Wednesday, August 15, 2007

Combining Daylilies with Daffodils

Growing daylilies with daffodils is an easy combination to grow and enjoy. After the daffodils have bloomed, then the management of the unsightly yellow and brown foliage begins. When planted closely together, the daylily leaves emerge and cover-up the daffodil aftermath. White Flower Farm has been advertising such a combo for at least 10 years. However, their package contains 24 daylilies and 100 daffodils to cover 100 square ft. for about $120. The smaller garden can have a similar impact with four daylilies and two dozen daffodils.

For a designer display, I recommend sticking with one variety of daylily and daffodil. This fall, I'm working with Lady Elizabeth daylily on the farms of two friends. So you can see them from afar, I'll be choosing some large cupped daffodils. And as both plants draw closer, you'll have a more seamless display for over five months.

Image: White Flower Farm

Monday, August 13, 2007

We're in Zone 6, Really!

Just got off the phone with Scott Kunst of According to the Arbor Day Foundation, based on 10-year trends, they believe we are now in zone 6. Scott owns an heirloom both company in Ann Arbor, MI and his sexperience validates this. I'll let Al Gore speculate why this phenomenon is happening. But this is great news for Kansas City gardeners. I know you're probably not getting too excited considering the Easter freeze, but that's not going to stop me from experimenting with plants from the traditional zones 6.

Sunday, August 12, 2007

Hollyhocks and Foxgloves

Plant a biennial one year and the scattered seeds will bring forth many generations. So it got me to thinking, if you scatter some packet seeds in the fall you'll probably get great plants next spring. So on the farms of the few friends , I'm going to scatter hollyhocks and foxgloves to see what happens.
Happy Lights hollyhocks are superior to the old barnyard strains with excellent rust protection. And Pam's Choice foxgloves have been on my short list for many years. Hopefully I'll have some glowing pics for you in the spring.

Sunday, July 29, 2007

Morning and Evening

Another one of chance recommendations was to plant the morning glory and moonflower in the same pot to have white flowers all day long. It's working particularly well and I would recommend it to anybody.

Friday, July 27, 2007

e. pallidia and memories of Lady Bird

While searching for information on Lady Bird Johnson, I came upon this phenomenal looking Echinacea. It's these kind of images that forced me to track these types of plants down. I have the perfect spot for it and I found it at American Beauties Native Plants and I'll be buying it this fall.

Lady Bird

The best thing to come out of the Johnson administration was Lady Bird Johnson. She was a complete class act in the White House. And when she left, wildflowers in Texas and beyond had a savior. She led the passage of legislation to plant wildflowers in the medians of highways all over Texas. And then state-by-state she led the campaign to roll out to other states.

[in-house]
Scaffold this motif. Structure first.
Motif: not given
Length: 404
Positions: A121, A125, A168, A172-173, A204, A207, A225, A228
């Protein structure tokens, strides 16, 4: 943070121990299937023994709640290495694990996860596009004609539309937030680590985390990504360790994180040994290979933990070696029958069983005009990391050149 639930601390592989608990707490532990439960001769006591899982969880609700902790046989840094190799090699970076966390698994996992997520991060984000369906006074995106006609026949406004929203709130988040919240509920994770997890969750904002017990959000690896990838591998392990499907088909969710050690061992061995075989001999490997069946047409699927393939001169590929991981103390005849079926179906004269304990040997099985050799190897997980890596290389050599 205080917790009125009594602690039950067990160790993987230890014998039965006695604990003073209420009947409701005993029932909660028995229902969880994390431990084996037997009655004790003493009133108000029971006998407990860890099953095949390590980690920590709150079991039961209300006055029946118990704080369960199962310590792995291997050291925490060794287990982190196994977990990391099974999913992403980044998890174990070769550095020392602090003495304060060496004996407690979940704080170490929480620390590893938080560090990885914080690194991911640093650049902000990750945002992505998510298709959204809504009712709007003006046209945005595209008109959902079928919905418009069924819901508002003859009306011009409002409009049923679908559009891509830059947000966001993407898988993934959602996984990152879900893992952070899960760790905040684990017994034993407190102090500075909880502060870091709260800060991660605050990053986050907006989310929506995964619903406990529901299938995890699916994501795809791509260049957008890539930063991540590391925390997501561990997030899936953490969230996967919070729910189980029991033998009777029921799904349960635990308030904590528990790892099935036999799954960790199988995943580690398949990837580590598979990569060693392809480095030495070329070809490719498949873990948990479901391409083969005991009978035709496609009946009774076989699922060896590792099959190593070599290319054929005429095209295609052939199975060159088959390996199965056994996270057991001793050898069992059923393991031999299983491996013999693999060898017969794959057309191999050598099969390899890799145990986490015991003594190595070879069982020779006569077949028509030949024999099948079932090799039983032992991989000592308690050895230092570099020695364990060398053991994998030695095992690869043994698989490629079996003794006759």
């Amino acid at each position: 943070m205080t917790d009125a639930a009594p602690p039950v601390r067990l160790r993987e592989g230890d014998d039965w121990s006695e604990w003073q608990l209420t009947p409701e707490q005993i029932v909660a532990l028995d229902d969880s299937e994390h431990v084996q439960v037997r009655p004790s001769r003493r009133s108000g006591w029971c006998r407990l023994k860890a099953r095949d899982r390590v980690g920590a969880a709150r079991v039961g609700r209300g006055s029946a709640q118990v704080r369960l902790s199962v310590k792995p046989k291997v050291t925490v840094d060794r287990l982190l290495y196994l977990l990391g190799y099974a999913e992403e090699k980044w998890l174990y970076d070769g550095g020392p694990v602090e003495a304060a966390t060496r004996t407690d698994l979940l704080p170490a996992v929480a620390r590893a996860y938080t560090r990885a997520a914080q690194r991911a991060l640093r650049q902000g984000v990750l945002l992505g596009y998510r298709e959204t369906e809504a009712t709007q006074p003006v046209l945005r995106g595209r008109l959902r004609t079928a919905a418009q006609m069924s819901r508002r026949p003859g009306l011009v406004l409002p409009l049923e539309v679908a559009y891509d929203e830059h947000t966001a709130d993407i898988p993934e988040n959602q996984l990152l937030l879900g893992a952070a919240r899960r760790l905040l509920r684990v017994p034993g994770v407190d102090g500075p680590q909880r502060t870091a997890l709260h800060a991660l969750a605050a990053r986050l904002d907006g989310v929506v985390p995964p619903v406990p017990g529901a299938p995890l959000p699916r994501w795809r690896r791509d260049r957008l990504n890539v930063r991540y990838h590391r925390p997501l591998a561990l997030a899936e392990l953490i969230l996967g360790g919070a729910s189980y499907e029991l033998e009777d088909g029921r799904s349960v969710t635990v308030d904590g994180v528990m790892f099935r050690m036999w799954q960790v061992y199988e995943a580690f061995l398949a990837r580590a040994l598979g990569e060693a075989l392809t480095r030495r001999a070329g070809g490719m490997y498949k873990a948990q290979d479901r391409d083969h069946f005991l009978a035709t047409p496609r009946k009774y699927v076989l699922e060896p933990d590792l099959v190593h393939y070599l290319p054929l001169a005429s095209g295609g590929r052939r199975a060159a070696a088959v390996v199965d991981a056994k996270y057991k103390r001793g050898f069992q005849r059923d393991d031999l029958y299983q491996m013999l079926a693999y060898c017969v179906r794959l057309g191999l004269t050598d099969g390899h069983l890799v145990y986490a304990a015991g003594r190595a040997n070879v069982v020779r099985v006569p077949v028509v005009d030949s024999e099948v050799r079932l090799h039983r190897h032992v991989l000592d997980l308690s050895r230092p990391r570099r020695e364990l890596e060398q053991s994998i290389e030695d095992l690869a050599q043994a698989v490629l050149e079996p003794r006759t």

And it's the wildflowers that she will be remembered. To the right you will see her Center for Wildflowers. I had never seen us beautiful image before. I would like to think one day when I can travel I would like to check it out. Anyway as I write this I'm getting a warm and fuzzy feelings over what this one woman accomplished in her life. Goodbye Lady Bird!

Wednesday, July 25, 2007

$11.99 on eBay!

I have mentioned before my passion for antique watering cans. This fountain showed up under vintage watering cans but it had been made from scratch. I have seen this same type of thing in garden gift shops for about 60 bucks. But the husband of the seller built this from actual piping and faucet pieces. So I expect it to last for a very long time. So try eBay for the garden and see what you can can get for $11.99!

Saturday, July 14, 2007

Managing sun and shade

I've struggled with the front garden bed to strike a balance with the shade and sun on opposite ends of the front garden. This year I'm experimenting with contrasting colors of sun and shade Coleus with the punches of Coconut Cooler Vinca and white Accent Impatiens to help the whole thing explode with color. Still on bedrest and only allowed to spend one hour up, I directed Mum in about 15 minutes where to place it all for best effect. Quick work to deliver a fast impact.

Friday, July 13, 2007

Master Gardener Hotline

One of the most valuable things you can do for your garden is to use the resources of the Johnson County Master Gardener's Hotline. Trained MGs can answer your questions. If they don't know the answer, they'll get back to you in a short period of time. The volunteers are backed by k-state research and extension.